It’s so tiny, even an adult like me could choke on it! and oh, it uses 110 film in cartridge by the way.
This small crazy camera I bought in the Urban Outfitters shop (where they also sell some Lomo cameras) on my trip to San Francisco. Its really tiny and cute, made entirely from plastic with a metal hook. Costs 9 USD. There is a metal clamp for attaching to a belt or perhaps to serve as a key-ring or maybe you can have it as a funky necklace.
This camera uses 110 mm film in the cassette – for 24 exp., This format was really popular in 70s. The plastic lens has no explanation of focal length I guess its equivalent of 45mm for 35mm camera. Camera has a fixed aperture time which is probably around 1/25 – 1/30 sec. because the images i took are usually blurry. Focus is also fixed. Sharpness of the lens is quite slim. Serves as a viewfinder small sliding window, which opens also the lens cover. The film I used was a daylight Kodak negative with a poor quality, pictures are grainy with a blue veil – but it was maybe due to developing – I was surprised when the photolab people: “we can develop it but without guarantee”.
This funny camera isn’t much of a usable camera – which is actually the concept of toy cameras, but as a key ring, its quite nice and well ;)
Growing up with a family who preserves memories using film cameras, going the analogue way seems like the natural route for Jarrett Hayman to take. In this interview, he discusses his renewed passion for still images and why he prefers to shoot on film.
While mobile phones continue now to overthrow even the DSLRs, film photography has its way of slowly crawling back up to the hearts of people, serving as a way to escape the easy-art, convenient-creation provided by technology. Meet photographer Aleks Dakovski, an analogue shooter.
The 7th Annual Holga & Friends Out of the Box (on creativity that is) International Photography Competition is now under way with guest juror O. Rufus Lovett. It is open to amateur and professional photographers around the globe that use a toy camera or an element of it.
A long-time fan of plastic cameras, Argentinean writer and photographer Lorraine Healy is the author of “Tricks With A Plastic Wonder,” a manual for achieving better results with a Holga camera. In this article, Healy delves deeper into the art of color infrared photography, examining the differences achieved by using different color filters.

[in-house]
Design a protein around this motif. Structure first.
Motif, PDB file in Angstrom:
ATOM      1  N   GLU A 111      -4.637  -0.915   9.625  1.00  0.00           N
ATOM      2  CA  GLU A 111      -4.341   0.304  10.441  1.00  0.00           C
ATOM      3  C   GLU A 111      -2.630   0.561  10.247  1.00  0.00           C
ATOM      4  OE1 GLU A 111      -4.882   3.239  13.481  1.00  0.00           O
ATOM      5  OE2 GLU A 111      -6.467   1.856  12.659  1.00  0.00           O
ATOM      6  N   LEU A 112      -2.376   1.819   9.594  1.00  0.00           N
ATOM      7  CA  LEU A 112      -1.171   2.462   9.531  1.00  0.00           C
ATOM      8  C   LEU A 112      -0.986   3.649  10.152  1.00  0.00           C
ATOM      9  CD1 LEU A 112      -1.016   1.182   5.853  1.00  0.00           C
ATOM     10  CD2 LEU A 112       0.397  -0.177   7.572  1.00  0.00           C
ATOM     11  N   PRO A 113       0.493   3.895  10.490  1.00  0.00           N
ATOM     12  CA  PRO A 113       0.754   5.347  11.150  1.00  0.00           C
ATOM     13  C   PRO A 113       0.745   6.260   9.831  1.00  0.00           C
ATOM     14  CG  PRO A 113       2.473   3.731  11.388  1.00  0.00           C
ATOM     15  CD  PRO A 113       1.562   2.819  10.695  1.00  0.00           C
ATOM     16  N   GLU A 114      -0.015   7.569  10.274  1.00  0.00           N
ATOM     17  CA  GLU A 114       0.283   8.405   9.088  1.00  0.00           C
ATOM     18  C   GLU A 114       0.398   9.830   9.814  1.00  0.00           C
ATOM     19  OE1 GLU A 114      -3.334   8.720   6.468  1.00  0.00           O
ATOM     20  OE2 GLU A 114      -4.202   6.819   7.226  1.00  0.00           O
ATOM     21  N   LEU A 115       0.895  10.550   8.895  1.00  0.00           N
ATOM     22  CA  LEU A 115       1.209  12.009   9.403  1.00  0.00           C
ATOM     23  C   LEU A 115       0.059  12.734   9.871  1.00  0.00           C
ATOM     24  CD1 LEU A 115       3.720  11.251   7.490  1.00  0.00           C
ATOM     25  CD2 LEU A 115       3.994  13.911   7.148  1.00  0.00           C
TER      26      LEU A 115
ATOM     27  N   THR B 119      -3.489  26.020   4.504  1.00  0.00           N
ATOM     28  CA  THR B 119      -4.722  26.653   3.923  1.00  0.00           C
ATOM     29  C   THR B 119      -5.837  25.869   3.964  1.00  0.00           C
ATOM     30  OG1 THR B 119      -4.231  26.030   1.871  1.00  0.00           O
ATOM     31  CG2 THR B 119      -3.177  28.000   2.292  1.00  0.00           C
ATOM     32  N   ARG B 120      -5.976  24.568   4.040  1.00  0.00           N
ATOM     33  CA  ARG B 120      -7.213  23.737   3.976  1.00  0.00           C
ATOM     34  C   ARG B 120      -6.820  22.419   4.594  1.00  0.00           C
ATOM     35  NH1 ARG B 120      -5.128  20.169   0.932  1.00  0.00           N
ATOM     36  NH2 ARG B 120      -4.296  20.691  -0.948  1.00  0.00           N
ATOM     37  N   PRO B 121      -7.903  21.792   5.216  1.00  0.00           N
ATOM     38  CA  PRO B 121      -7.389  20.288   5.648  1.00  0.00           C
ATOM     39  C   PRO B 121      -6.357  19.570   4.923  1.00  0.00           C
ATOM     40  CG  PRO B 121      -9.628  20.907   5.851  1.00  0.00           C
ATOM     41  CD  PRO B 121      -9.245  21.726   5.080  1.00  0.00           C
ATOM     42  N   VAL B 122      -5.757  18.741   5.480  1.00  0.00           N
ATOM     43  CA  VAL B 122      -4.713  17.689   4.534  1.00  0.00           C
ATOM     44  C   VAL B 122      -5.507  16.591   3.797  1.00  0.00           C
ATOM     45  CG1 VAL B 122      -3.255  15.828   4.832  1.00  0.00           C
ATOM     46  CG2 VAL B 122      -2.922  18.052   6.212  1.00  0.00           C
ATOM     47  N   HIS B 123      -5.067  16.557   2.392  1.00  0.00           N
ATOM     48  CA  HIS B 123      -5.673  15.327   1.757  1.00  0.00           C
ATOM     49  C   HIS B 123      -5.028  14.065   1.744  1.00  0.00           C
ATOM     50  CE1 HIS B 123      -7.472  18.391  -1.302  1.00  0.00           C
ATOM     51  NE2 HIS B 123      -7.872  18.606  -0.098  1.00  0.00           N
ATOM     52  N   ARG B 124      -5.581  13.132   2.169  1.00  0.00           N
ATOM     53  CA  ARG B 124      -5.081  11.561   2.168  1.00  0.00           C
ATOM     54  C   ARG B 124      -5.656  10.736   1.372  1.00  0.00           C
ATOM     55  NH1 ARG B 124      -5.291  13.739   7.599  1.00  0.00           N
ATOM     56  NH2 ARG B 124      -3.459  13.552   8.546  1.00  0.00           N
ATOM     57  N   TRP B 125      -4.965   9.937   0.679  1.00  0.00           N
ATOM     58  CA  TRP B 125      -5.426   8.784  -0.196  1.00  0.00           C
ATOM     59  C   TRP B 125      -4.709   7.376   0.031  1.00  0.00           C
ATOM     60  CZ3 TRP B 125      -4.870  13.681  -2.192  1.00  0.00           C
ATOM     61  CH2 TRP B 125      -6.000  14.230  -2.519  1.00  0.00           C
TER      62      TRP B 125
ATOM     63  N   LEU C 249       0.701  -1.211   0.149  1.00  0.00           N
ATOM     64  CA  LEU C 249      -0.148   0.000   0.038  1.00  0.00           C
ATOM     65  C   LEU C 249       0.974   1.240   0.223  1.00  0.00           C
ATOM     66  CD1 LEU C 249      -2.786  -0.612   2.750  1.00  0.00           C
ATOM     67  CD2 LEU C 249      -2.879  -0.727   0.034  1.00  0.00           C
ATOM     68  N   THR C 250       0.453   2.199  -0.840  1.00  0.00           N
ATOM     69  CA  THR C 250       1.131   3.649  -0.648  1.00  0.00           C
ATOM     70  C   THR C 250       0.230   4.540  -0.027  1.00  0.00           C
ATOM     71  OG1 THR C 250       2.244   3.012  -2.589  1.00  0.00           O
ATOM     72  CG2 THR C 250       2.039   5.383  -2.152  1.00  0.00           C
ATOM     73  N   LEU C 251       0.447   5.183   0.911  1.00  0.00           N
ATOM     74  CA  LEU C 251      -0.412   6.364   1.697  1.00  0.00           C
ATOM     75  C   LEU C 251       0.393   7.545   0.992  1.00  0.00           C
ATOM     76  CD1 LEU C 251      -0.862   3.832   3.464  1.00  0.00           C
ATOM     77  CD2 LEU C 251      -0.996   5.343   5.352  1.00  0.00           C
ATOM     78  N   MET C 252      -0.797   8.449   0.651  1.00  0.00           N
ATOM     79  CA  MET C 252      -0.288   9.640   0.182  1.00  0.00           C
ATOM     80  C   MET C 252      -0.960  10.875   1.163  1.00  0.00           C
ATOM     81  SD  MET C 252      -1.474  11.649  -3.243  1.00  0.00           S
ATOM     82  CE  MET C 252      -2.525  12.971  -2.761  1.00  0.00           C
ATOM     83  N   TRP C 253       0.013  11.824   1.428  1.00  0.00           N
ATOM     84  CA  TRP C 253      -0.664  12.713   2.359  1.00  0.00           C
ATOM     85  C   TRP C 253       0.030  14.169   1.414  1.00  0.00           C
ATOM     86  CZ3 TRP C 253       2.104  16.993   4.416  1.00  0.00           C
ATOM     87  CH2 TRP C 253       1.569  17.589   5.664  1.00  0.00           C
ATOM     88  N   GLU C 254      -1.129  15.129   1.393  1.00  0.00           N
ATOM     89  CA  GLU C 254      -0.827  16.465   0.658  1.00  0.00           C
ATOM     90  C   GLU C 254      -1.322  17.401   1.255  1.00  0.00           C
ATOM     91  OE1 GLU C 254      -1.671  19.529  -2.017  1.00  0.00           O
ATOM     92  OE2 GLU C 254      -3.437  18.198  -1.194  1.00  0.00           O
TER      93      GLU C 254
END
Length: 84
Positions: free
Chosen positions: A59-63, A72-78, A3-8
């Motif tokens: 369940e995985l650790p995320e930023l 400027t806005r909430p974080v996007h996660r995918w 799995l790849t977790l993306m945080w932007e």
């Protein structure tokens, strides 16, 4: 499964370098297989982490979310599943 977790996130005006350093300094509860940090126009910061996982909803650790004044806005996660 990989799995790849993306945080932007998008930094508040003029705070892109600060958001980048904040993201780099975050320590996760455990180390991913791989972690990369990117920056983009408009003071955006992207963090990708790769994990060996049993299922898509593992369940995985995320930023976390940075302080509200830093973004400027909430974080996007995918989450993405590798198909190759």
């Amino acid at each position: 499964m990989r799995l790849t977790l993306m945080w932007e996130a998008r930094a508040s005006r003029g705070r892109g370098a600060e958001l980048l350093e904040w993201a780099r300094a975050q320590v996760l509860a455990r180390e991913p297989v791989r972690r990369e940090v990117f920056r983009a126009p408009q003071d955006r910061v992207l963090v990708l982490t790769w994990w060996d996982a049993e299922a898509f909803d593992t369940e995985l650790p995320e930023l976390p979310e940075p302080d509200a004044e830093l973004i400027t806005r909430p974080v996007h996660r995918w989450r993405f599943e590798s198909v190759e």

A long-time fan of plastic cameras, Argentinean writer and photographer Lorraine Healy is the author of “Tricks With A Plastic Wonder,” a manual for achieving better results with a Holga camera. In this article, Healy continues on her journey of learning how to use pinhole cameras, looking at a couple of new medium format cameras and a couple of helpful phone apps.
Community newcomer Lorena Dumitrascu prefers to shoot on film for its truthful way of rendering the world. Get to know her in this short interview and be mesmerized by her emotive and soulful portraiture.
A long-time fan of plastic cameras, Argentinean writer and photographer Lorraine Healy is the author of “Tricks With A Plastic Wonder,” a manual for achieving better results with a Holga camera. In this article, Healy explores the world of color infrared film and its somewhat steep learning curve.
Ellen Stagg is a fine art photographer who uses multiple exposures and the irreplicable character of film to her advantage to create captivating compositions and patterns in her photos. Her masterful eye and trust in the medium allows her to make something no digital camera could ever replicate.
We love London in the summer and what better way to spend it than joining one of our workshops. This month we will be running a Diana F+ X-pro workshop, our very first Simple Use Film Camera walk, and a new exhibition from photographer Adam Popli. Book your spot today!
For community newcomer Cassandra, who goes by the moniker @aasphalt, using an analogue camera gives her a feeling of satisfaction like no other digital gear can replicate. Get to know her in this short interview, where she shares some of her painterly photographs.
We had an epic Film Photography Day celebration this year at the Lomography Gallery Store NYC. Our friends at Sacred Tattoo NYC were kind enough to transform the gallery into a tattoo shop so Lomographers could show their analog pride forever and ever with a free camera tattoo!